ABU DHABI // With wealthy UAE residents potentially mulling over becoming space tourists, Anousheh Ansari, the world's first female one, has spoken about the experience and why more people from the GCC should follow in her footsteps. "The image you get when you see Earth from space is something that stays with you for the rest of your life," Mrs Ansari said in Abu Dhabi of her September 2006 journey.
"It becomes part of your life, and you view everything else in your life differently. It is an inspirational feeling. You just can't compare it to anything else." Mrs Ansari, who gave a talk at Dubai Women's College last week, said she feels a duty to encourage others to follow her into space. "I am always honoured and encouraged, especially with young people, when they tell me I am a role model," she said.
"I feel a great sense of responsibility more than anything, and part of the reason I am here in the UAE is because I feel a sense of duty to share my story with people, to show them the possibilities and opportunities that lie ahead for them if they choose to go after them. "I view that with great pride. I don't think I am special - anybody can do it. Of course, you need to have a certain physical strength and capability, but you do not need to be superhuman or a super athlete to do it.
"If you have the passion for it, there should be no barriers. The finances are the biggest hurdle, but through competition and expansion of companies involved in this industry, it will become cheaper and more accessible." In 2010, more GCC residents will follow Mrs Ansari into space, with the maiden charter flight on Virgin Galactic sold to a Dubai company, and Virgin's Dubai office reporting huge interest in space flight from Iranians.
Mrs Ansari, 42, said: "There is something in the water in Iran and the region. There is a great interest in space, going back historically many, many years. "Some of the first astronomers came from the region, and some of the first accurate measurements for calendars were made there. It is a part of our culture." The International Space Station, where Mrs Ansari spent 10 days, is a long way from her childhood home in Tehran. She moved to the US in 1984 and made her name as a successful businesswoman. While in space, she conducted experiments for the European Space Agency, and learnt Russian to be able to communicate with the cosmonauts.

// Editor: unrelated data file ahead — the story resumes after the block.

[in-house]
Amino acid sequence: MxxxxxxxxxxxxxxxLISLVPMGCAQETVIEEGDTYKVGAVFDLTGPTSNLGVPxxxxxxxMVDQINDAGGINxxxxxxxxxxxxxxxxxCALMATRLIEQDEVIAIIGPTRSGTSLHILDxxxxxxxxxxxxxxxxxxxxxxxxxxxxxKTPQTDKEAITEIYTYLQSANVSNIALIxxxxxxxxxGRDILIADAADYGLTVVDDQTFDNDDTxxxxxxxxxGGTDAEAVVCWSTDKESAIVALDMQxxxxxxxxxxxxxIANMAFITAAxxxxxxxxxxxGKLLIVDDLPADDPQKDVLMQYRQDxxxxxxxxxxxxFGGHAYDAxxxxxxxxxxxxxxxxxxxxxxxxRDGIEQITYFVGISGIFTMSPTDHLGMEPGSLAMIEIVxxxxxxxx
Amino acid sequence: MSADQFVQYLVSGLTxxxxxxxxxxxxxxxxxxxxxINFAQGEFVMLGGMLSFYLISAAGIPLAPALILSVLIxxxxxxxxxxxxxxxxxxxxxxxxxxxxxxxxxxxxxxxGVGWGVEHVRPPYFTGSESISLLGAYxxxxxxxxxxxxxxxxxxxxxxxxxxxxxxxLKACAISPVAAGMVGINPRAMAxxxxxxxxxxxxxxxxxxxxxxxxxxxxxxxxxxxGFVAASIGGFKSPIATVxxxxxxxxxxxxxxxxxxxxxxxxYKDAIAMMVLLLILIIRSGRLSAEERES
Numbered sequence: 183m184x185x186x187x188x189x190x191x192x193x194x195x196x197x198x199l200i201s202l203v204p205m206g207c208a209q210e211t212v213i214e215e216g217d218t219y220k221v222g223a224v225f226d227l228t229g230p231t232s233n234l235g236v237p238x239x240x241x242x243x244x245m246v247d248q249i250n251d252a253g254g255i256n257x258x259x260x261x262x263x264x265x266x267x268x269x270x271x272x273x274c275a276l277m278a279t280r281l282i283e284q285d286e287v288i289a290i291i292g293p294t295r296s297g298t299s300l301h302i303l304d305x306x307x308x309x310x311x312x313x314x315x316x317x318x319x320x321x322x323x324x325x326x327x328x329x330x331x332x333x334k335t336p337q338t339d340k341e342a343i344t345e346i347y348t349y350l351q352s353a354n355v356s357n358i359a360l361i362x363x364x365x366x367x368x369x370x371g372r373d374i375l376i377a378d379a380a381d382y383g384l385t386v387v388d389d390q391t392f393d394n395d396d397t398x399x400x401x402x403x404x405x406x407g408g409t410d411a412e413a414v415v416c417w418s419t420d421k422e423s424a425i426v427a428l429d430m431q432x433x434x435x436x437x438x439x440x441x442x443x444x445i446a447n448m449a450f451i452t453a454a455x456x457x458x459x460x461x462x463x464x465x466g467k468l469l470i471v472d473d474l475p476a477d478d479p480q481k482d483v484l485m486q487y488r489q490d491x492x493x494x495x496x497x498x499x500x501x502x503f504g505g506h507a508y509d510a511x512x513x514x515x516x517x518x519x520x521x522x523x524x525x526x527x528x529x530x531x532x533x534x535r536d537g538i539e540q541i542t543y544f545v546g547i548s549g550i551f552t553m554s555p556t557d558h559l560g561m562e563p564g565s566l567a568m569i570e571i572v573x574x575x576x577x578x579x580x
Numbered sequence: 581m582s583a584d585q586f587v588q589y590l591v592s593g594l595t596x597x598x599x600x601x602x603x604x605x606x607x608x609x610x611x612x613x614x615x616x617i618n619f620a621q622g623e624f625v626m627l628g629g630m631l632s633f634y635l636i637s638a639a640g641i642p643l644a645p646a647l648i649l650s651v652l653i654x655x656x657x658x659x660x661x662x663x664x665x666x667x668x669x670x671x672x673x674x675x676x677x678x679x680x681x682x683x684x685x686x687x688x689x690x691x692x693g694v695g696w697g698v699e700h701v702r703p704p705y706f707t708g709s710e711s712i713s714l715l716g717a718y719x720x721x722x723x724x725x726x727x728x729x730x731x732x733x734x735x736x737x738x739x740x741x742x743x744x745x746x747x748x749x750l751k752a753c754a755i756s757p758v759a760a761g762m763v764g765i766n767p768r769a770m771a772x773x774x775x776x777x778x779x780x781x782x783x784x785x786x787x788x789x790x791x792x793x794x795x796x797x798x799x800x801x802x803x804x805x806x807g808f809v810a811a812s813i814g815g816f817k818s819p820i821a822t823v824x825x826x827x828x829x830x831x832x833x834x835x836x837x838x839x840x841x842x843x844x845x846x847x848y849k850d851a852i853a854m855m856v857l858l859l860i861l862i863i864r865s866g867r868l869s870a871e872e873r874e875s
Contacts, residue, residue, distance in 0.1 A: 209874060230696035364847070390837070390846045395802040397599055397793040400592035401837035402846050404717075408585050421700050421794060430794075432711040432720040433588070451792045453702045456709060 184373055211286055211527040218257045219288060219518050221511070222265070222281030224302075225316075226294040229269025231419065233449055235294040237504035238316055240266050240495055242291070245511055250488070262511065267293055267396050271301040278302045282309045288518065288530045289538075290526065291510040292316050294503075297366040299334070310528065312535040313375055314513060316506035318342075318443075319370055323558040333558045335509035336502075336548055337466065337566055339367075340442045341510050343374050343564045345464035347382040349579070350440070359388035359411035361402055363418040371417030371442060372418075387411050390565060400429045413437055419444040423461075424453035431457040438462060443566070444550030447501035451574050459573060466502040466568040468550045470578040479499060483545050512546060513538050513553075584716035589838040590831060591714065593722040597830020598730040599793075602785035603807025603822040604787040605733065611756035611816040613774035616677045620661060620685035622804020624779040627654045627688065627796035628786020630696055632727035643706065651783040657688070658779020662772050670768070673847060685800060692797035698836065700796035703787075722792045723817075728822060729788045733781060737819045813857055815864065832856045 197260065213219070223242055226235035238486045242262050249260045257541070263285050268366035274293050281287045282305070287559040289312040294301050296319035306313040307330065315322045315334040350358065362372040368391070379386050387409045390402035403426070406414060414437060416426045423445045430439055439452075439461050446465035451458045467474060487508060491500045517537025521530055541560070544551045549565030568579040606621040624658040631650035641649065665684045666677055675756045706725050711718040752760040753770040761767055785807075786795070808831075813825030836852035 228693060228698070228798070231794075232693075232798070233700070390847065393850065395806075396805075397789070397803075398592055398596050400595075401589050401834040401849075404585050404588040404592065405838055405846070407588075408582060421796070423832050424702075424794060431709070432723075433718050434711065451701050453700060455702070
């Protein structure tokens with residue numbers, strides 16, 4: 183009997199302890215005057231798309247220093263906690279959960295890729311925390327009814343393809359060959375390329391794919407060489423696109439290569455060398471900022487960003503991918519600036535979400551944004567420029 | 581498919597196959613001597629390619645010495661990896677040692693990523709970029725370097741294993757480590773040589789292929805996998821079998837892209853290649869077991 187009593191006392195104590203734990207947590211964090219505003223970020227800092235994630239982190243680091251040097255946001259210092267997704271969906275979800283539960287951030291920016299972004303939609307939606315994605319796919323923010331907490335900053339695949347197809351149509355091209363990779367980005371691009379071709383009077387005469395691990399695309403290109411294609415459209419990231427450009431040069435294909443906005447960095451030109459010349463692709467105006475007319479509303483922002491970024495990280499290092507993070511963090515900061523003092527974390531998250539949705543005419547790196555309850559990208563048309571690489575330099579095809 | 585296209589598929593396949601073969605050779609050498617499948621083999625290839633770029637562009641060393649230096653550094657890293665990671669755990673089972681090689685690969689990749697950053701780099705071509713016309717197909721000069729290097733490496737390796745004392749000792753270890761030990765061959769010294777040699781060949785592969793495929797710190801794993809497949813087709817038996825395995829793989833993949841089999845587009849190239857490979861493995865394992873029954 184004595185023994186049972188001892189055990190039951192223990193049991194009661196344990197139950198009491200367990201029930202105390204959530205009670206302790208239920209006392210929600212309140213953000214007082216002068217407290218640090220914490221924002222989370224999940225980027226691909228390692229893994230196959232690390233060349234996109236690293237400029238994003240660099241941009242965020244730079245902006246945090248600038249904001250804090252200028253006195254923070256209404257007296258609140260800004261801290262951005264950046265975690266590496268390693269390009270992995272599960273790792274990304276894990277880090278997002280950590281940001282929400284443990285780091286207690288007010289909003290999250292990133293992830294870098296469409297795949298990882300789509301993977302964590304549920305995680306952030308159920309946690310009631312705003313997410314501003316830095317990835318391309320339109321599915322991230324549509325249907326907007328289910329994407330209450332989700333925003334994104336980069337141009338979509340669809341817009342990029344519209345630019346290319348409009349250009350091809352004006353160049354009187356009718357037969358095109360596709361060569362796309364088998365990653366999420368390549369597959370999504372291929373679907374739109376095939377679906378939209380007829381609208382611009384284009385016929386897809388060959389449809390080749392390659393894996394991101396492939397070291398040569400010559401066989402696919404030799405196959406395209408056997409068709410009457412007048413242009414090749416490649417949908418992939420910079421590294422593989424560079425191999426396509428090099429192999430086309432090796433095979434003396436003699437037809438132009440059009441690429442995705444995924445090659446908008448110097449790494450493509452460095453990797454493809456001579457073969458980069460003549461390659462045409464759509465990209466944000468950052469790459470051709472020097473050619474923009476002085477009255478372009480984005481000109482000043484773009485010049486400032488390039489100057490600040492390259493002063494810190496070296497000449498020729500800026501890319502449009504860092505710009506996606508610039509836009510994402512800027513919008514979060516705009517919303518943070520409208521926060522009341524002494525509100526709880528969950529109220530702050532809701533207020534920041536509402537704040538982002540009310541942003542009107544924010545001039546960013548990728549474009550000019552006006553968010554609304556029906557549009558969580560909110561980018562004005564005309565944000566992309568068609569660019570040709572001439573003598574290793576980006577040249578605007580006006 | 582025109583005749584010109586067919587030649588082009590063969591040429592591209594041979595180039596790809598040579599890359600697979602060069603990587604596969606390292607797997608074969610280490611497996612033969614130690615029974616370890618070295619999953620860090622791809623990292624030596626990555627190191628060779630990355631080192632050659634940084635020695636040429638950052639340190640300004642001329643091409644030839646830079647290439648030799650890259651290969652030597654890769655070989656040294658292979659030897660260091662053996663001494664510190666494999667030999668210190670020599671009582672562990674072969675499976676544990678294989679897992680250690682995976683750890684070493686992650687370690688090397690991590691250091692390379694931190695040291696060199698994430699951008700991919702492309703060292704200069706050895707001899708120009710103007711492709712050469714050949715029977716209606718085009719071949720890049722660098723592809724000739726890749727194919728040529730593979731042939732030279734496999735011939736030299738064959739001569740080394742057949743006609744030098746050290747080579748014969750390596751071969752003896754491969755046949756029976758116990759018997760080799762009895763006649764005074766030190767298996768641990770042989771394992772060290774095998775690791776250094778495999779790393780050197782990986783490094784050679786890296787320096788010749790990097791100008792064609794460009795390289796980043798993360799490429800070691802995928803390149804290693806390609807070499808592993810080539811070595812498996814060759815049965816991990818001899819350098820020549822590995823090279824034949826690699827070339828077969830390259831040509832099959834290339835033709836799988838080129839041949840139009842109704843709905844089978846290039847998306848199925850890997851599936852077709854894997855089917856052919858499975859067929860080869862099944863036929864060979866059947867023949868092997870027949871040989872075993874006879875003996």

After graduating from George Washington University in Washington DC and working in the telecommunications industry, she made millions setting up a company with her husband Hamid. Mrs Ansari said governments must co-operate on joint space programmes to bring down costs and share expertise. She supported calls for a pan-Arab space agency at the Global Space Technology Forum in Abu Dhabi last week. "Space is absolutely important for the human race and its future. We are growing in population and resources are constrained, so the only way forward for our species to survive in the universe is to make access to space easier and more cost effective.
"The two biggest barriers are the cost of launch and the exchange of technology. I didn't see any borders up there so I don't see why we should start drawing sky maps. I hope there can be more collaboration with different space industries, so it is not used for military purposes. "I am a big proponent of global collaboration, not just regional. We have India and China in a race to space; we have years of experience in the European Space Agency and with Nasa.
"I think if you had a better collaborative effort between these countries, we can have reusable launch vehicles and two or three different designs people are working on instead of only one that may not succeed. "I always say we should send our world leaders to space so they can see it in a new light." As well as being only the fourth space tourist, Mrs Ansari has also played a hands-on role in the next step of space travel. Her company offered a US$10 million (Dh36.7m) prize to anyone who could build and launch a spaceship 100km into the atmosphere, and the successful design is being adapted into the ship to be used by Virgin Galactic.
Flights on Virgin Galactic, which are to last only 2½ hours, will initially cost about US$200,000, although the price is expected to decrease as the number of flights increases from one a week. The spaceship will fly, attached to a mother ship, up to 50,000 feet before detaching and climbing to 360,000 feet - or 110km - a journey that will take 90 seconds. Passengers, despite travelling at 2,500mph, will be able to see 1,000 miles in all directions.